Dominican Republic cracks down on borders amid chaos in Haiti


HAVANA—As mass migrants flee Haiti, island neighbor Dominican Republic responds with stronger border policies and military build-up, with government claiming it will “guarantee border security” .

On Sunday, Dominican President Luis Avinader announced the country’s largest purchase of military equipment since 1961. 6 helicopters, 10 aircraft, 21 armored vehicles and 4 riot trucks.

If international forces were sent in response to the Haitian government’s request for assistance to the gang, “we would close and block our borders… Receiving asylum seekers within the country would be extremely dangerous to the integrity of the Dominican Republic.” is,” Abinader said. Press conference.

Dominican officials also said they would consider even stricter immigration controls at the Haitian border in the future.

Tensions have long boiled over between the two countries that share a border of more than 240 miles on the island of Hispaniola.

Haiti’s crisis is exacerbated by the 2021 assassination of former Haitian President Jovenel Moïse, and gangs are gaining strength to confront a weakened government. It has spurred mass flight of migrants, and the Dominican Republic has become increasingly tough on immigration and border policies.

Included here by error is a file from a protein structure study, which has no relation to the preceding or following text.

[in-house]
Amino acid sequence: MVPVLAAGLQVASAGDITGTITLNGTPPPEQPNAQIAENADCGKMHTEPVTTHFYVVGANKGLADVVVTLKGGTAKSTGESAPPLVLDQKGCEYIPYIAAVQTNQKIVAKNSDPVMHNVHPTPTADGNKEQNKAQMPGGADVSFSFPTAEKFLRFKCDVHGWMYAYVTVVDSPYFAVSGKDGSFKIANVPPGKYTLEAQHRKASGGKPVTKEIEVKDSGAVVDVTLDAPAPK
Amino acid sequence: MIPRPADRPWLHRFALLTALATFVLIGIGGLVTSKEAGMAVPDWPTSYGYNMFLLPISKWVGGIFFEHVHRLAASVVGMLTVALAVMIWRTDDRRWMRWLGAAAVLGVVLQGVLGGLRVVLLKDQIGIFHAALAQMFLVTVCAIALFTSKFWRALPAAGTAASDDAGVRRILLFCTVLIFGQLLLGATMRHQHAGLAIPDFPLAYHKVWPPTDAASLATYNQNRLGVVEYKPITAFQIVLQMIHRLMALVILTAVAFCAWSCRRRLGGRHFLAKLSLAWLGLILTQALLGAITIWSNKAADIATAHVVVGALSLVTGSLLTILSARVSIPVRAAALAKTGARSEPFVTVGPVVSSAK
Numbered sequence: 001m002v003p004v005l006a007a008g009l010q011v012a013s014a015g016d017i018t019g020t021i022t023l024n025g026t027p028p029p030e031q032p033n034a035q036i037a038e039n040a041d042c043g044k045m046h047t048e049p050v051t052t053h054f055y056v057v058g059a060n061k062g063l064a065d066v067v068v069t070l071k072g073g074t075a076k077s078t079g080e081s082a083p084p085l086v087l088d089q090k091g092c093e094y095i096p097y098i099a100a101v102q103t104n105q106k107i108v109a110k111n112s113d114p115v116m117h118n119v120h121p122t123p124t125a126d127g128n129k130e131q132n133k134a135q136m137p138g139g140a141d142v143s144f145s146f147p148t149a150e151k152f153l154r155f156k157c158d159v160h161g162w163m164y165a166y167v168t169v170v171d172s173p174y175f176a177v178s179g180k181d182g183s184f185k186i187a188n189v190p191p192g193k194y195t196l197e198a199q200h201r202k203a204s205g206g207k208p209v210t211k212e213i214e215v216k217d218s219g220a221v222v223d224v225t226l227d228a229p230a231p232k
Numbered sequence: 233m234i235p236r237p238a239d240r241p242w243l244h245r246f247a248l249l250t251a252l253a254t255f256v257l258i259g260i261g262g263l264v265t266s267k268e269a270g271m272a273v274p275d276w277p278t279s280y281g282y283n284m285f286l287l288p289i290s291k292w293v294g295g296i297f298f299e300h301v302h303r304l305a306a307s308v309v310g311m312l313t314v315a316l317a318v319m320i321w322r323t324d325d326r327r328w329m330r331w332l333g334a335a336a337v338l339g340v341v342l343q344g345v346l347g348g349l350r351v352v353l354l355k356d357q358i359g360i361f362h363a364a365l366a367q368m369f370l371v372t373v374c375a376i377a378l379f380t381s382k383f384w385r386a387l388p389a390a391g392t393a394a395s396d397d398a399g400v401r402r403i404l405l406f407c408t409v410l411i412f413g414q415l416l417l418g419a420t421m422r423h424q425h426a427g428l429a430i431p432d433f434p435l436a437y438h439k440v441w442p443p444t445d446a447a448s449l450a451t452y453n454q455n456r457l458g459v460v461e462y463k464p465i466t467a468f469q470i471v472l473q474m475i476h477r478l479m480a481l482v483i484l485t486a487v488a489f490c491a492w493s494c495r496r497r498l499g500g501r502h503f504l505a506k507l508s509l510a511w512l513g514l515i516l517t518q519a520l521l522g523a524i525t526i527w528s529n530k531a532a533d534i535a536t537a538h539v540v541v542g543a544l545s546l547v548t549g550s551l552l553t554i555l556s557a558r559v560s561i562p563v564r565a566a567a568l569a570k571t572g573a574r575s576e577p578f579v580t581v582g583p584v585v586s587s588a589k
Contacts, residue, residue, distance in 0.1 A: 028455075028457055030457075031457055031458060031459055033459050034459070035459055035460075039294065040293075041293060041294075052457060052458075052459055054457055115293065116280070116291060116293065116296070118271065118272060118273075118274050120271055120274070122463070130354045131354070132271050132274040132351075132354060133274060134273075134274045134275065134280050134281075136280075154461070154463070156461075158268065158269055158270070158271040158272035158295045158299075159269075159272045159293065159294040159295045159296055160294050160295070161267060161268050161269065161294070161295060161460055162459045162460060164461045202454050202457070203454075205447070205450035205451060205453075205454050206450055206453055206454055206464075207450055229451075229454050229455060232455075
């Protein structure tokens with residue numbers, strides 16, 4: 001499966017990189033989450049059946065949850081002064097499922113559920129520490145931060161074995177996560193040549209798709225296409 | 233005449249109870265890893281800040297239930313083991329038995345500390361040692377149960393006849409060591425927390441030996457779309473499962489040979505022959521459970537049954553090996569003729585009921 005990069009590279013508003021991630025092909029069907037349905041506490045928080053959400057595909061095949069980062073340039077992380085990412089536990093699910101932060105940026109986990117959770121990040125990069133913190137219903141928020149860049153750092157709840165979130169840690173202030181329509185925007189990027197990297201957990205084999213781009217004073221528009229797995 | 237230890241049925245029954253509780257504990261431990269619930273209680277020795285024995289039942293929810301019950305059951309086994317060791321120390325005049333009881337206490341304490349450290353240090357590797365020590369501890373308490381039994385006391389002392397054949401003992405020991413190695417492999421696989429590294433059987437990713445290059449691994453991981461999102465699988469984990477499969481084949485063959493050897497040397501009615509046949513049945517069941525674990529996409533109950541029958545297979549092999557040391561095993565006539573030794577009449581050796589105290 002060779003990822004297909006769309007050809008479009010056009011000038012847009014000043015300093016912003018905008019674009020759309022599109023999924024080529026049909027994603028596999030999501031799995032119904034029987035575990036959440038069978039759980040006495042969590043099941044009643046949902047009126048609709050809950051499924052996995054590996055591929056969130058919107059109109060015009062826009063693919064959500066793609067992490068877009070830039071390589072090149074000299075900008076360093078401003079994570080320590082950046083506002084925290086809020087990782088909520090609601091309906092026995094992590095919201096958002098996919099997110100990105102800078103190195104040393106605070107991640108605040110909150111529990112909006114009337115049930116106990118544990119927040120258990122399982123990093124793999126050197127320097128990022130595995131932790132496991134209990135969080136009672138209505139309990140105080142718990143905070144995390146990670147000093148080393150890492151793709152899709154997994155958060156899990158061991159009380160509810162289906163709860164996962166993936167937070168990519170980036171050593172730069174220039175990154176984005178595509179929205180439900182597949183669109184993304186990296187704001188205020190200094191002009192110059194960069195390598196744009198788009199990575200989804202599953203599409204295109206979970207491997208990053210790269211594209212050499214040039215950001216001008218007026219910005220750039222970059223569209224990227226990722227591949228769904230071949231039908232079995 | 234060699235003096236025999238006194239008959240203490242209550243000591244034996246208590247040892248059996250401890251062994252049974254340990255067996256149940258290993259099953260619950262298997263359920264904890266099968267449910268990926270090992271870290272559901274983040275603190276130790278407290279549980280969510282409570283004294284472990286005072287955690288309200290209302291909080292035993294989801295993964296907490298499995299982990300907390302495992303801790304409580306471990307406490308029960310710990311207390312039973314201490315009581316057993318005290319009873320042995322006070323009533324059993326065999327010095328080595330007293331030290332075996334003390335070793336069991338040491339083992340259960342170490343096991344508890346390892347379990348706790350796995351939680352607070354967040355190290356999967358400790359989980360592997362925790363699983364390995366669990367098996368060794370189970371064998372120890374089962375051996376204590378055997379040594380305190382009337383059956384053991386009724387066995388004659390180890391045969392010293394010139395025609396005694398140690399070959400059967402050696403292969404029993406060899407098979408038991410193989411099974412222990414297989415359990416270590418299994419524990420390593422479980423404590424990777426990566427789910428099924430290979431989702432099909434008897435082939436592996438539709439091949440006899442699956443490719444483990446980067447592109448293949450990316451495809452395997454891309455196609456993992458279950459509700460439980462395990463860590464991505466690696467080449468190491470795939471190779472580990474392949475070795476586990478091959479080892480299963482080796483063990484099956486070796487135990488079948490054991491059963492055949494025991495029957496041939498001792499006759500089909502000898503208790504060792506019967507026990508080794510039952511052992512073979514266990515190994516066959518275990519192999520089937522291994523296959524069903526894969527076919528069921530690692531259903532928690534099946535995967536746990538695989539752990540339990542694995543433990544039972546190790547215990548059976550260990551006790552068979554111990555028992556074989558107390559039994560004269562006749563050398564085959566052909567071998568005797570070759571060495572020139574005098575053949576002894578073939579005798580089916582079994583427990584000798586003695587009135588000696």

The Dominican Republic has also started building a Trump-style wall along its border.

Dominican Republic Haiti
Dominican soldiers close the border gate for a Haitian man trying to cross to Dajabon, Dominican Republic, November 19, 2021. (Matias Delacroix/AP Photo)

One of Haiti’s most powerful gangs and anti-government protesters have besieged Port-au-Prince’s main fuel supply, leaving not only fuel but also water and other basic supplies. Abinadel has previously described the turmoil in Haiti as a “low-intensity civil war.”

As a result, the UN Security Council is considering a request by the Haitian government to send foreign troops to crush the gangs, or at least to ease the blockade.

For many Dominicans, like Paterno Valenzuela, the disorder has fueled concerns that gang violence could permeate their country.

Valenzuela, 56, a farmer along the border town of Elias Spina, says she hasn’t seen an increase in violence in her area, but says, “This crisis in Haiti is really bad, so we’re prepared.” increase.

A Dominican farmer said he had seen large groups of migrants fleeing the country and up the mountains, and expressed concern about an increase in smuggled goods such as gasoline flowing across the border. He said he would support foreign intervention if it happened.

soldiers patrol the border
Soldiers patrol the border in Elias Spina, Dominican Republic, on the border with Veradale, Haiti, March 5, 2021. (Du Nario Shelley/AP Photo)
Associated Press